Are now as real as last night’s dream,
Though sometimes they do become objects of pleasant nostalgia.
Seeing how meaningless this is, I’m going to the wildwoods.

Even savoring my desires, I never feel content.
All the pleasures that I’ve experienced
From birth till now
Would not satisfy me, even if they returned.
This mind is addicted to desire.
If I’m not even securing this life’s happiness in this way,
How will I ever achieve the nirvāṇa I seek
Which ensures benefit that lasts through all lives?
So, I’m done following the desire highway.
O dear heart, we can do it:
Let’s abandon these desires and get to the wildwoods.

Since all this thinking hasn’t done me much good,
In order to grow accustomed to observing my own mind,
I’m going today to the wildwoods,
Where you, dear mind, will realize lasting happiness.

Once I’m lying on my deathbed,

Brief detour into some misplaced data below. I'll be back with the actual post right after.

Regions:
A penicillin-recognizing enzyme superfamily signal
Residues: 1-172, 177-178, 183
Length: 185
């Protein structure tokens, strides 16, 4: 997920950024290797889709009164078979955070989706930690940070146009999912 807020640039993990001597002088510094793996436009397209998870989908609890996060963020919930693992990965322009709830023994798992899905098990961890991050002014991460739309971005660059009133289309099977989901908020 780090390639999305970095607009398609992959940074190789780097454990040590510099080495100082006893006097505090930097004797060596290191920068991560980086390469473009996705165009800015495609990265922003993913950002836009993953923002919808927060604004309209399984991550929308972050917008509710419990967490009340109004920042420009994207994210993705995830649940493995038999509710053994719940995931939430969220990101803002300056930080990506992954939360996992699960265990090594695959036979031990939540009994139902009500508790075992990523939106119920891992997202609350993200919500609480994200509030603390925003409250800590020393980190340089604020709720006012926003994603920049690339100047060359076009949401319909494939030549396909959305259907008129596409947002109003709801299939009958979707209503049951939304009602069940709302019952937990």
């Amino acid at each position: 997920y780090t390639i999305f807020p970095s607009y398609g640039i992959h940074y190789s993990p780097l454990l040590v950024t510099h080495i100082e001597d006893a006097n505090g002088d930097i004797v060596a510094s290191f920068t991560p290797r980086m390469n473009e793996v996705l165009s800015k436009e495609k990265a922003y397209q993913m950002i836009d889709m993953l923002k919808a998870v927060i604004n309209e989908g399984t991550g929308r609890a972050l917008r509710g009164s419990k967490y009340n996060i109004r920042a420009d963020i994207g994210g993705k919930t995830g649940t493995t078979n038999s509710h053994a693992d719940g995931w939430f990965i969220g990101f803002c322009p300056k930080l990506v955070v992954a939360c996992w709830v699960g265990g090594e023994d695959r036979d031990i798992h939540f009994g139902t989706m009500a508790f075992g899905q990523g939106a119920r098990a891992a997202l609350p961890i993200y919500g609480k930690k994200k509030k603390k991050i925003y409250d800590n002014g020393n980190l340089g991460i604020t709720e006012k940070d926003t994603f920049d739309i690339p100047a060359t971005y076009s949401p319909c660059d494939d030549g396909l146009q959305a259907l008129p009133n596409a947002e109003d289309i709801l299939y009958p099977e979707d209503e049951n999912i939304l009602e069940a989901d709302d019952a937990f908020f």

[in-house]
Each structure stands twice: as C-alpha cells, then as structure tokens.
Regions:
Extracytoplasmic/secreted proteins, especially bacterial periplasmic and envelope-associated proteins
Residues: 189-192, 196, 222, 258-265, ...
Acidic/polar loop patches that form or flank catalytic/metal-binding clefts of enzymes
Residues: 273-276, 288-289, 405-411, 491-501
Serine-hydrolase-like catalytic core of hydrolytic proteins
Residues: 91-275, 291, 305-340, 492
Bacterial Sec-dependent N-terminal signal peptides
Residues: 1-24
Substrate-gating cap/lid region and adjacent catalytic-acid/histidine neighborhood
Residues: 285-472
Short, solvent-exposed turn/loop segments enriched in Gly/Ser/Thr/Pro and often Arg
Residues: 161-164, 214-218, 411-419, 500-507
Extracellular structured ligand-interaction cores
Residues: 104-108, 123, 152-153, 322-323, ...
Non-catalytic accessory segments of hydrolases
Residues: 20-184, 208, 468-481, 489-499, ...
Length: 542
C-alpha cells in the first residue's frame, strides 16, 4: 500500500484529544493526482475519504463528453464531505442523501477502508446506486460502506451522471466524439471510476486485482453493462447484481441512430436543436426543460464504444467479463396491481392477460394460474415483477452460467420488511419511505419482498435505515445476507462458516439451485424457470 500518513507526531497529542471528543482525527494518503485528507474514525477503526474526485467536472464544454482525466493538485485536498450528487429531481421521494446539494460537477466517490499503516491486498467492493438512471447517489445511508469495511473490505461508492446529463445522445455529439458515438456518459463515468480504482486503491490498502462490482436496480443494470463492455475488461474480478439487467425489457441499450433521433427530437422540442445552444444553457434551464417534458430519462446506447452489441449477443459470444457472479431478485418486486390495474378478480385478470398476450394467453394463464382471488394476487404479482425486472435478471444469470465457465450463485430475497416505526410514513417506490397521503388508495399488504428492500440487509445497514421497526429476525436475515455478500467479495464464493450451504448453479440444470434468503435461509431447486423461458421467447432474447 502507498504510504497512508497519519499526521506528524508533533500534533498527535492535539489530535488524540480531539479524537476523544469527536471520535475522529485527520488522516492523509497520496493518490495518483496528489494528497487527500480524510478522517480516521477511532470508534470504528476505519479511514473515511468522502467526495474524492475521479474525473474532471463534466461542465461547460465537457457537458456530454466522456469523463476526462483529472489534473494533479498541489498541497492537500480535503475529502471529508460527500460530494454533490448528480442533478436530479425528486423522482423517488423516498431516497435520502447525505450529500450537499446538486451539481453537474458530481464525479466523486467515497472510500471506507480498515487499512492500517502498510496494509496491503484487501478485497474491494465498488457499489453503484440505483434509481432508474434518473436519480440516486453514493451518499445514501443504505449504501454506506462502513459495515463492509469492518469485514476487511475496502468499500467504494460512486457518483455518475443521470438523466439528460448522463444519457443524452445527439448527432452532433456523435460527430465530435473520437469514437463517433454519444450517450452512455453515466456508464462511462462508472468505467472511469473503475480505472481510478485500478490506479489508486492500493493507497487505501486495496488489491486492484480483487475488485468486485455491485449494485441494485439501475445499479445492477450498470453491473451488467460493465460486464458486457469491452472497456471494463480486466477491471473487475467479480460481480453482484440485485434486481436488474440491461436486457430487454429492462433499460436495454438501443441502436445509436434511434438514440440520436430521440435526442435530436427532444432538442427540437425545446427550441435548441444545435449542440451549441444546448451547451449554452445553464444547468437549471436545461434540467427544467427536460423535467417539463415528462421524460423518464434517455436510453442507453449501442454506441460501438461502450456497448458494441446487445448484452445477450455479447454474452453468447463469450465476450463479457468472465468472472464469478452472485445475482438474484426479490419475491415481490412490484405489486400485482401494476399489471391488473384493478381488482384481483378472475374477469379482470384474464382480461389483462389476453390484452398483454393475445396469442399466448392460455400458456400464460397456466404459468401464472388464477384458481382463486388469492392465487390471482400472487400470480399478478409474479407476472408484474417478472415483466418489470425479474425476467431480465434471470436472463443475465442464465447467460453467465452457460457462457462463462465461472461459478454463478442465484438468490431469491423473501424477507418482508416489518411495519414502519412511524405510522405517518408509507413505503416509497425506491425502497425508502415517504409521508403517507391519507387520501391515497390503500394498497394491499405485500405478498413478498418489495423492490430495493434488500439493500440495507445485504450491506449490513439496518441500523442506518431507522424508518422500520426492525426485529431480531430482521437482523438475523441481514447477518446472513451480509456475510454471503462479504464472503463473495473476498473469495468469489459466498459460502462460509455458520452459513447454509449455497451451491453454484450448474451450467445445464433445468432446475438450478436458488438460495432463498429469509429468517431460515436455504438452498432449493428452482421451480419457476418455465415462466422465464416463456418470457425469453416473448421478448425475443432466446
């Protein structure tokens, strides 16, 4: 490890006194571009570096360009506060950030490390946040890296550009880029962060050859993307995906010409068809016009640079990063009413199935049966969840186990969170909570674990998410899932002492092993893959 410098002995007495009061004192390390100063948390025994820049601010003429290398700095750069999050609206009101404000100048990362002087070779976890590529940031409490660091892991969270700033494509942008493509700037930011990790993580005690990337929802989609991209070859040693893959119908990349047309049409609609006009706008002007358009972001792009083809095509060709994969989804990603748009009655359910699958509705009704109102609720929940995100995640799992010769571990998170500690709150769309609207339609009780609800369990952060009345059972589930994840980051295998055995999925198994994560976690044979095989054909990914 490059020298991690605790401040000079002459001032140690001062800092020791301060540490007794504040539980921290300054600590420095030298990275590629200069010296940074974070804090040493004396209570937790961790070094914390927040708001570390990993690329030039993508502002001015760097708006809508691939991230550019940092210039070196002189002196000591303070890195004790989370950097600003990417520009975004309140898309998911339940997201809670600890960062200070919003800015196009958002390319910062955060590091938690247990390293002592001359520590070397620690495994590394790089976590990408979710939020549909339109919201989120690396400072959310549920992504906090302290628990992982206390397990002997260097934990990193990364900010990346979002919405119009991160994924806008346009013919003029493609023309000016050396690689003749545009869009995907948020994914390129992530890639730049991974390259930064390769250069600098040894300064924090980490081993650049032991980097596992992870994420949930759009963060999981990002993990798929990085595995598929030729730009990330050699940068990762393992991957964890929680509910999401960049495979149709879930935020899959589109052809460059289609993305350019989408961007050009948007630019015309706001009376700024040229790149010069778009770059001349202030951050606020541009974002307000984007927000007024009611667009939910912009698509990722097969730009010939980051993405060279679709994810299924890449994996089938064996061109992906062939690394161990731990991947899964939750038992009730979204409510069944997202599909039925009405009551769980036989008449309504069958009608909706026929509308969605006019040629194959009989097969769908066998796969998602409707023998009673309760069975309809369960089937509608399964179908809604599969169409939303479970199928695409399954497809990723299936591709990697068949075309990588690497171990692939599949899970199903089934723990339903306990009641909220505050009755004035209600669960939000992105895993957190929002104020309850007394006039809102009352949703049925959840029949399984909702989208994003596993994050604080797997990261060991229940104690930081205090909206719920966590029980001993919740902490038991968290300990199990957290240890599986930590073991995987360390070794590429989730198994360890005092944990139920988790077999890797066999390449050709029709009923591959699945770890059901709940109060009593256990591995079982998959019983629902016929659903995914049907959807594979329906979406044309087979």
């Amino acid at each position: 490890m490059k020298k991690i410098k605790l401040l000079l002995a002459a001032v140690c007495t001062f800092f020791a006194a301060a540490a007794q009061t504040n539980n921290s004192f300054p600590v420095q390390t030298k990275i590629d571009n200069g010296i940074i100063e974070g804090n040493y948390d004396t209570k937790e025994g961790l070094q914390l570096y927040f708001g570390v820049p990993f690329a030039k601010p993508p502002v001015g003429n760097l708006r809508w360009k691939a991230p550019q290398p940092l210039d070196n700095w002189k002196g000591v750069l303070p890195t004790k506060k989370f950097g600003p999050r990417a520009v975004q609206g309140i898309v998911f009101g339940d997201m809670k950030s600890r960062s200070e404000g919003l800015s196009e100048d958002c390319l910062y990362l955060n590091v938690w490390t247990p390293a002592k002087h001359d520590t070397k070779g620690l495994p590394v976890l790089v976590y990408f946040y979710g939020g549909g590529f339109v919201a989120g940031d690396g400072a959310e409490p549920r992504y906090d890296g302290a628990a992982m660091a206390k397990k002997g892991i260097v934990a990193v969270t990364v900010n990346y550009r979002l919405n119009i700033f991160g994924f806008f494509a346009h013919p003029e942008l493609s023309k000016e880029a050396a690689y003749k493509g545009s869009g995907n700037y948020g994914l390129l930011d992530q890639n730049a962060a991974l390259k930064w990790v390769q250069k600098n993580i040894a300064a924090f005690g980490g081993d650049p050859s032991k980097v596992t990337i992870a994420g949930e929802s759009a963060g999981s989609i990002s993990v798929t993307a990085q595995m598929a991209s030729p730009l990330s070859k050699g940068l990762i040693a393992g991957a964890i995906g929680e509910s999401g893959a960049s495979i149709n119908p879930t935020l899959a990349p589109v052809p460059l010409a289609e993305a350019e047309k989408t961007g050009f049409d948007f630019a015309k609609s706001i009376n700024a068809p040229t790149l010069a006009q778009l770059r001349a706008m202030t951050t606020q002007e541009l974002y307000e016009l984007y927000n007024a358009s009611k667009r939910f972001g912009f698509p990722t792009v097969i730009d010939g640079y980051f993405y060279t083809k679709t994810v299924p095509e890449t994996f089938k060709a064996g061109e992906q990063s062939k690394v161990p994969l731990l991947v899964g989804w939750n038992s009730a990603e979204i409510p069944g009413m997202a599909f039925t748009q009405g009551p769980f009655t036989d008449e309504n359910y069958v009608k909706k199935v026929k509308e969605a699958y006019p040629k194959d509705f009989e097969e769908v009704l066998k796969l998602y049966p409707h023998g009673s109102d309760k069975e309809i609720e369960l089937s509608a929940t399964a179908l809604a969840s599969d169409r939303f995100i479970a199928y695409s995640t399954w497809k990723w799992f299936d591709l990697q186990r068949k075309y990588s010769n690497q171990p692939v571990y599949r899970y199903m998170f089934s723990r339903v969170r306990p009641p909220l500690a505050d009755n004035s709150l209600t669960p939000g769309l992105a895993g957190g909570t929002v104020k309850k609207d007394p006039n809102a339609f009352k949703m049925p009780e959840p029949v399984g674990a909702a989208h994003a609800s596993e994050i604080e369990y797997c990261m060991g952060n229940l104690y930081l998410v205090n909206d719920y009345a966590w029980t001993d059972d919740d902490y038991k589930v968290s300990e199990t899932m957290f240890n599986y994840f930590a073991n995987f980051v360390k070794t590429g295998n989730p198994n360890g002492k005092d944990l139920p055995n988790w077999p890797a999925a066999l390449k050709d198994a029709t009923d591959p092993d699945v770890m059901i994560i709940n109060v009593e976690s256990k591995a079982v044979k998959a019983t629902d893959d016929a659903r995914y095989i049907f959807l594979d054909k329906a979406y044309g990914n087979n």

I’ll have to leave everything behind and travel on — alone.
This time is certain to arrive before long.
So, right now, I’m going to the wildwoods.

Because this time is incredibly degenerate,
Even if someone like me were to teach,
It won’t really benefit others.
Because I aspire to be of benefit to future ages,
I can’t stay here — I’m going to meditate in the wildwoods.

O mind, dismiss these preoccupations
That are of no help to yourself, and no help to others.
You must, from today forth,
Go to the wildwoods to meditate on the nature of mind
In order to accomplish what will definitely bring us benefit.

But absolutely, I make the noble heartfelt aspiration
That a time may come when I receive
The opportunity to be of benefit to others,
Accomplishing their needs on a vast scale
Without thinking of myself for even a moment.
Now though, if I have one thought in my heart,